Dr Lindsay Joyce – How to reach fulfilment in work

Dr Lindsay Joyce – How to reach fulfilment in work

If you haven’t spent the time thinking about what you’re good at and what you really want in your next role, how can you know what type of job you’re looking for? Here are some great practical tips to get you thinking about what you should be looking for in your next career move.

Dr Lindsay Joyce is an HCPC registered psychologist specialising in bringing psychological theory to work-place contexts. You can find out more about her work here. In this blog article, she helps you work out how to reach fulfilment in work.


Moving jobs or changing career is scary at the best of times, but when you know you want a change yet aren’t sure what you want, it can be terrifying. In this first section of my blog, we are going to talk about insight, and how a little bit of self-evaluation can be endlessly helpful in the long run.

If you are looking at movemeon then I am assuming that you are a successful graduate from a top university with a few years of a challenging career under your belt. You will be used to setting goals and achieving them, if not excelling them. You will be a motivated individual, who probably seeks achievement in your personal life as well, be it through competitive sport, a strict exercise regime or dedication to a hobby. However, all of these accomplishments don’t necessarily lead towards fulfilment and contentment.


Consider yourself a racehorse that has exploded out of the start gate, leading the pack and clearing hurdles consistently. However, if you’ll forgive me the analogy a little longer, you may suddenly be unsure that this is a race that you want to win, or you may have noticed that the other horses racing with you have left the track and are charging towards other, more interesting finish lines. In order to be motivated to succeed, you need to be sure that you are racing towards something that you believe and have an interest in.

This is where insight becomes a valuable tool. If you know yourself well – your strengths and your weaknesses – then you can begin to evaluate various career paths on their merits and their worth to you as an individual. This is a different process from achieving goals because they are expected of you, or because your peers are all doing the same thing.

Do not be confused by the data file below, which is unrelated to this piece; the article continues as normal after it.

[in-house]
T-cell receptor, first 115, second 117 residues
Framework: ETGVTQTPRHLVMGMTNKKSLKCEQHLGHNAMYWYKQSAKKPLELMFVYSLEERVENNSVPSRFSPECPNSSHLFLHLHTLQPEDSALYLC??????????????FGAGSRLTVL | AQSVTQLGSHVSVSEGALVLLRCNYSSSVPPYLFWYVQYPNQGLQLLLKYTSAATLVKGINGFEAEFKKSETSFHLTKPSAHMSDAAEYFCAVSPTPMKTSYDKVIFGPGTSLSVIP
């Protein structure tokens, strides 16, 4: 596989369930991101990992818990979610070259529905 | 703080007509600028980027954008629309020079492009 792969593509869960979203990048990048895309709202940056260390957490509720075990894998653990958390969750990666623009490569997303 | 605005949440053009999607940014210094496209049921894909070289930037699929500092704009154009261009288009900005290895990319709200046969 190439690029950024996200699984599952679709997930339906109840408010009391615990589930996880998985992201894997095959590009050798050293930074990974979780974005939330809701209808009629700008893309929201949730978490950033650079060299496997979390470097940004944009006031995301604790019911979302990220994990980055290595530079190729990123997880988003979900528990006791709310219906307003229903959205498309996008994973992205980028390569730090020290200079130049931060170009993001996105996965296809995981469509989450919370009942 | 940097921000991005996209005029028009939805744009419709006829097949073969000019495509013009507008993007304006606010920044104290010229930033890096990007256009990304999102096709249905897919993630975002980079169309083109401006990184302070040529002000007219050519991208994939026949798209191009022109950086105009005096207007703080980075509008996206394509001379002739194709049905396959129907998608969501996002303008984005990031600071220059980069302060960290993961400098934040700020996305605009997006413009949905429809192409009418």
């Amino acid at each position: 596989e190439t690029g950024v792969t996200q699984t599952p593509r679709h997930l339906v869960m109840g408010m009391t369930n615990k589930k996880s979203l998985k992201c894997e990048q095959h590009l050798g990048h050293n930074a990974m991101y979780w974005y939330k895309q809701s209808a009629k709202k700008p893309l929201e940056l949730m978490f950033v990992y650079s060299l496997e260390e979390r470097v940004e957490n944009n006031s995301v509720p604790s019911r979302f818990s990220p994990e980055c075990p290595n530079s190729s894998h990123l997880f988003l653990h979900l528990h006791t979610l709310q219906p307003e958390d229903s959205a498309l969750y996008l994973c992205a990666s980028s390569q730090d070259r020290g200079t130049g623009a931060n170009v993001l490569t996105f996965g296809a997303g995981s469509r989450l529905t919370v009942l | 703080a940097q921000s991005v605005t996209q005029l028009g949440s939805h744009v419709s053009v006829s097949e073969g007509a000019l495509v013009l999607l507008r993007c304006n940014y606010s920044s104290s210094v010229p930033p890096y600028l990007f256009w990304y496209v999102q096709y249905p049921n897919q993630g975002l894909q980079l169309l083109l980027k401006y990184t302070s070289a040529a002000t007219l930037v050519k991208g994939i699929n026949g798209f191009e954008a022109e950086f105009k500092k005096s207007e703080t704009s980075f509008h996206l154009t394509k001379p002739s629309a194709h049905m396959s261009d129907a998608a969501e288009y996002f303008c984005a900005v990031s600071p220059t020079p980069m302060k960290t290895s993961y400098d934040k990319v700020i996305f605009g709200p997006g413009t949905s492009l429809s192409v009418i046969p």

1. Write a list of your five strengths and at least two of your weaknesses – show them to someone who knows you well; do they agree with you? If not then why not?
  2. Ask some of your close friends and family to compile a list of your strengths and weaknesses. Do you agree with what they are saying about you? Try not to become defensive – perhaps leave yourself an hour or two between reading their lists and discussing them. Can you see any patterns in the strengths or weaknesses they have identified?
  3. Think about a few times in your life when you have felt most satisfied and engaged – try to identify what you were enjoying about these activities and note these ideas down. Again, do you see any recurring patterns – perhaps a sense of control, maybe you enjoyed challenging conversations with new people?
  4. If you are still completely stuck, then there are some online tools which can help. Seminal psychologist Martin Seligman has set up a website called ‘Authentic Happiness’, which has some psychologically valid questionnaires to help you identify your key strengths – try the ‘VIA Survey of Character Strengths’. All the tools are free, although they do ask you to register and give consent to use them.

These exercises should have armed you with a little more knowledge about yourself and your strengths and weaknesses. However, it is useful to note here that this is not a CV-writing exercise.

You need to be really honest with yourself about your character traits – just because you would write ‘strong leadership potential’ on your CV doesn’t mean this is necessarily one of your greatest strengths. The problem with true insight is that it’s not necessarily what you want to hear, or what you want others to know; however, if you are able to play to your strengths, not only will you be happier, but you’re more likely to be successful. You mustn’t be judgemental about your strengths and weaknesses – that’s being skilled at self-criticism rather than insight.

In the next week or so, try to look at new jobs and career paths honestly to see if they would match your strengths and weaknesses. You’ll find it to be a satisfyingly proactive and clarifying step.

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